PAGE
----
CENTRAL STATE TRANSIT & LEASING CORPORATION, Plaintiff-Appellant, v. JONES BOAT YARD, INCORPORATED, Jones Drydock Service, Incorporated, Defendants-Cross-Claimants-Cross-Defendants-Appellees, Conrad Industries, Incorporated, Defendant-Cross-Defendant-Cross-Claimant-Appellee.
Plaintiff-appellant Central State Transit & Leasing Corporation (“plaintiff”) filed this action seeking compensation for damage suffered by its motor yacht, the Blackhawk, while being raised out of the water on a floating drydock manufactured by defendant-appellee Conrad Industries, Inc. and owned and operated by defendants Jones Boat Yard, Inc. and Jones Drydock Service, Inc. (“defendants”).
In its initial complaint, the plaintiff sought to recover the cost of repairing the Blackhawk. In an amended complaint, the plaintiff added a claim for damages for loss of use of the vessel. The defendants filed a motion for partial summary judgment on the plaintiff's claim for loss of use, which the district court granted. The court noted that the Blackhawk was documented and insured as a pleasure vessel and that the plaintiff had not lost any profits or incurred additional expenses while the vessel was being repaired. The district court concluded that “plaintiff's damages suffered from the loss of use cannot be determined with any certainty.” The plaintiff filed a timely motion to alter or amend, which the district court denied. The plaintiff then perfected this appeal.
The defendants filed a motion to dismiss the appeal on the ground that the district court's grant of partial summary judgment is not appealable. Although conceding that orders resolving the liabilities of the parties in admiralty actions are immediately appealable under 28 U.S.C. § 1292(a)(3), the defendants contend that the district court's order in this case is not appealable because it does not resolve the principal liability issue between the parties in this case. In its response, the plaintiff argues that not all the liability issues need to be resolved before an appeal may be taken in an admiralty case.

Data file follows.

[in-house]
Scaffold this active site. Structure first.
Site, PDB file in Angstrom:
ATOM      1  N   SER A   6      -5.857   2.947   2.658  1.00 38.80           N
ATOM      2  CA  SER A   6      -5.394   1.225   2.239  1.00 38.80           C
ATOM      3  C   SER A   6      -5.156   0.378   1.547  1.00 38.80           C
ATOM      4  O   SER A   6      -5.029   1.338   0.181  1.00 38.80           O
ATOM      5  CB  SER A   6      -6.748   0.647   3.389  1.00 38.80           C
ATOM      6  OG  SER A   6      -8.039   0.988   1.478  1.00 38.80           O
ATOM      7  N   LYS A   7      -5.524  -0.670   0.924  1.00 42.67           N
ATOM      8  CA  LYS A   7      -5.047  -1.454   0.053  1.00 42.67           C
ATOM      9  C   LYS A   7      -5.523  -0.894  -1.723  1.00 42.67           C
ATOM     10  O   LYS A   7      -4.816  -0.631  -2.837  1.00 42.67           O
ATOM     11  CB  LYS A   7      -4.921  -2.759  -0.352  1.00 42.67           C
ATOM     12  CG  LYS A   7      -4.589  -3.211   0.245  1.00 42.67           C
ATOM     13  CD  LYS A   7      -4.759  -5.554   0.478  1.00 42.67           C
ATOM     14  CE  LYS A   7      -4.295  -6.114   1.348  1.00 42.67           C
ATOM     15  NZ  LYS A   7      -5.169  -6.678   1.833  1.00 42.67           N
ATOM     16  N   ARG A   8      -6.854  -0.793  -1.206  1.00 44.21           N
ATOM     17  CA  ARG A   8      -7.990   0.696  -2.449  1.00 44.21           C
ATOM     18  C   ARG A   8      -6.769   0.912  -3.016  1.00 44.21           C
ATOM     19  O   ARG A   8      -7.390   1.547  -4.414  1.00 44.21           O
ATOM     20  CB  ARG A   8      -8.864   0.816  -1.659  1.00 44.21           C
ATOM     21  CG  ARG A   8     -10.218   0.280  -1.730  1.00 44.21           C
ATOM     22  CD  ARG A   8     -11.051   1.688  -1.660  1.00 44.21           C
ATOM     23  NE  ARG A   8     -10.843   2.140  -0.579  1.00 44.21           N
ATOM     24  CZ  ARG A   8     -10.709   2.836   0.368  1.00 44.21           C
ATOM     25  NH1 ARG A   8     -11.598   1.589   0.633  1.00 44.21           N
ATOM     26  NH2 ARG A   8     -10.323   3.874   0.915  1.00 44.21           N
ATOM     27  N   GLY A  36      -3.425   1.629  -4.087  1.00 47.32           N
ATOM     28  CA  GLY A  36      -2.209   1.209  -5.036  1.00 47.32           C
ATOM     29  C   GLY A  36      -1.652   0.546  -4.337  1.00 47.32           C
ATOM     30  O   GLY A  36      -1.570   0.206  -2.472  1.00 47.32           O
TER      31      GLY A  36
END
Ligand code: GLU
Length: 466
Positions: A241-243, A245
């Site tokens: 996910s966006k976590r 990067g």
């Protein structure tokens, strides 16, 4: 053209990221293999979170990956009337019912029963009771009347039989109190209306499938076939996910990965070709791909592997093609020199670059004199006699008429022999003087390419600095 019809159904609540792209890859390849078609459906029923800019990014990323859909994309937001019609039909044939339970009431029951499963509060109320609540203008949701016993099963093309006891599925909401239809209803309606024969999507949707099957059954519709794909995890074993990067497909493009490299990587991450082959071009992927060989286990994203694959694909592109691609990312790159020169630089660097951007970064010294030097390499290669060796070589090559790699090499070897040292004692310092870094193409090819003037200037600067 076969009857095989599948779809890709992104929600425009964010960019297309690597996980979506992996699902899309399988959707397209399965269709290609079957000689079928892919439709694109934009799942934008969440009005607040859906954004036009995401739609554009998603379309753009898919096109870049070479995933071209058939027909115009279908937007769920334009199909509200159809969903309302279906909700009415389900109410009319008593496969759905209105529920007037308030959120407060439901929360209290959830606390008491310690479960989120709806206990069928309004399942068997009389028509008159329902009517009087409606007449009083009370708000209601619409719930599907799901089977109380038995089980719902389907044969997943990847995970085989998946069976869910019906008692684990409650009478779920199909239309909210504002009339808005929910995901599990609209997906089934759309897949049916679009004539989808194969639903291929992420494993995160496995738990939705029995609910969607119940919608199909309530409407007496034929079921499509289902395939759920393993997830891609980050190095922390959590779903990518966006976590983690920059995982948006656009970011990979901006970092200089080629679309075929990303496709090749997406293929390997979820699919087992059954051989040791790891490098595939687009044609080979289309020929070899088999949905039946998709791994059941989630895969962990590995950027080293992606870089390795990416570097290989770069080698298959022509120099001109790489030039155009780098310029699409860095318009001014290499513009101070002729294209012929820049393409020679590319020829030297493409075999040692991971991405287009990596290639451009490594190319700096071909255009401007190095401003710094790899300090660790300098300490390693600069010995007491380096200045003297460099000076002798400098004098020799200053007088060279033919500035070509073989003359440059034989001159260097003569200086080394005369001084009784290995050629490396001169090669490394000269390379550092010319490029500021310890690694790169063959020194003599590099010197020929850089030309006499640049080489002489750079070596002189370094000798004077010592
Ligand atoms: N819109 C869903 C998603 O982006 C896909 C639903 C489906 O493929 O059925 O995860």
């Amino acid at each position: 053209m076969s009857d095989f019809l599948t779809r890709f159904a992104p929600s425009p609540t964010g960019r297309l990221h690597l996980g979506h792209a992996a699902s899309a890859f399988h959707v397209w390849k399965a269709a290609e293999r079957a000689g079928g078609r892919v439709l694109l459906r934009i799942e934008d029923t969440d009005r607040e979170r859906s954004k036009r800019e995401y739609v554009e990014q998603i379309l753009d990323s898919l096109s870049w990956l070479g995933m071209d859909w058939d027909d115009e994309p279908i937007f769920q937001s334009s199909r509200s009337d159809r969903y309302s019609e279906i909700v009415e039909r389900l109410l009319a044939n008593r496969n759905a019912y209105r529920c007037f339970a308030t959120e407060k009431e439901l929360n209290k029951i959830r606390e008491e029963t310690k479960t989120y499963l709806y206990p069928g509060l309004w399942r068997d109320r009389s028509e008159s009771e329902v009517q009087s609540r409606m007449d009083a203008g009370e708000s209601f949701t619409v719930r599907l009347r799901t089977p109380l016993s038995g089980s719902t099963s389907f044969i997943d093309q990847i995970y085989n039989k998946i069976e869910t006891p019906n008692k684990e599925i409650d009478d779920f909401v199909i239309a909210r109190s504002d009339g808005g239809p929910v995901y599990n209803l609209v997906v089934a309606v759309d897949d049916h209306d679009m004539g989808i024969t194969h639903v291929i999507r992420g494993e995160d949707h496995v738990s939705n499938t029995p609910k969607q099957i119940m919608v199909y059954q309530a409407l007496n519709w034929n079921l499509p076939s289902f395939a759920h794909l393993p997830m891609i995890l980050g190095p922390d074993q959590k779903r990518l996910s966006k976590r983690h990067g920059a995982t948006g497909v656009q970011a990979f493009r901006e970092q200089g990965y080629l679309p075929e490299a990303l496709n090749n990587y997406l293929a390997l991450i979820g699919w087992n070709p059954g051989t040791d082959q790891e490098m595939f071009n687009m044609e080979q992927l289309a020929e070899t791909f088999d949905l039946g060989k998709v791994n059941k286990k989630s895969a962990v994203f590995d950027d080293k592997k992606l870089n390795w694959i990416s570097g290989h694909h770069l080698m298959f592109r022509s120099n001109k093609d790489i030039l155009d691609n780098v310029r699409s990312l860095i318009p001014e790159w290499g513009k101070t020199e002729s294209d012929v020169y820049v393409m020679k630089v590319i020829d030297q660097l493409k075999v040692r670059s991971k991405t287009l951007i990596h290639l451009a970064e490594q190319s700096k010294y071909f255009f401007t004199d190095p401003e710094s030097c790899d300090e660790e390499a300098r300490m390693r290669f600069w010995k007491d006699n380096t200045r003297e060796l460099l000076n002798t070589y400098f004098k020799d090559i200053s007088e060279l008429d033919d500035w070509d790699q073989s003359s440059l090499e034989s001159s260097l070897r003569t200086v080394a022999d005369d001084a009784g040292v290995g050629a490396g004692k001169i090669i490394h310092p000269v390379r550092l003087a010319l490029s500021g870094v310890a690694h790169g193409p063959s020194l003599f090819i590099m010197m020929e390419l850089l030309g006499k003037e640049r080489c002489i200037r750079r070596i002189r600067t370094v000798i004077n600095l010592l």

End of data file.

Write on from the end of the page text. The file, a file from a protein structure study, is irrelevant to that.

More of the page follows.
Under § 1292(a)(3), this court has jurisdiction over “[i]nterlocutory decrees ․ determining the rights and liabilities of the parties to admiralty cases in which appeals from final decrees are allowed.” As this court's predecessor noted, this provision was originally designed to cover situations distinctive to admiralty where it was not uncommon for the district court to enter an order finally resolving the liability issues and then to refer the case to a special master for a determination of damages. See Treasure Salvors, Inc. v. Unidentified Wrecked & Abandoned Sailing Vessel, 640 F.2d 560, 564 (5th Cir.1981).1 In such cases, an immediate appeal was permitted from the order resolving the liability issues. See Id. To be appealable, however, the order must have “the effect of ultimately determining the rights and obligations of the parties.” Id.
In the present case, the district court has yet to determine liability-whether either of the defendants is responsible for damage to the plaintiff's vessel. The district court's order merely struck the plaintiff's claim for damages for loss of use of its vessel. That order did not dispose of a separate claim for relief, and thus did not determine liability, as required by the statute. See Aparicio v. Swan Lake, 643 F.2d 1109, 1113 n. 6 (5th Cir.1981) (citation omitted) (stating “an order that dismisses on the merits one of several separate claims for relief is appealable under § 1292(a)(3)”). In Albatross Shipping Corp. v. Stewart, 326 F.2d 208 (5th Cir.1964), this court held that it did not have jurisdiction to review the district court's grant of partial summary judgment limiting an element of the plaintiff's damages to $300. See also Ford Motor Co. v. S.S. Santa Irene, 341 F.2d 564 (5th Cir.1965) (holding no appellate jurisdiction over order concluding that each of the damaged automobiles was to be considered the “customary freight unit” within the purview of the Carriage of Goods by Sea Act, and damages could not exceed $500.00 per vehicle). As in any other case, the plaintiff here may seek review of the dismissal of its claim for damages for loss of use of the vessel following the entry of a final judgment.
For the foregoing reasons, we grant the defendants' motion to dismiss this appeal.
1. In Bonner v. City of Prichard, 661 F.2d 1206, 1209 (11th Cir.1981) (en banc), the Eleventh Circuit Court of Appeals adopted as binding precedent the decisions of the former Fifth Circuit issued before October 1, 1981.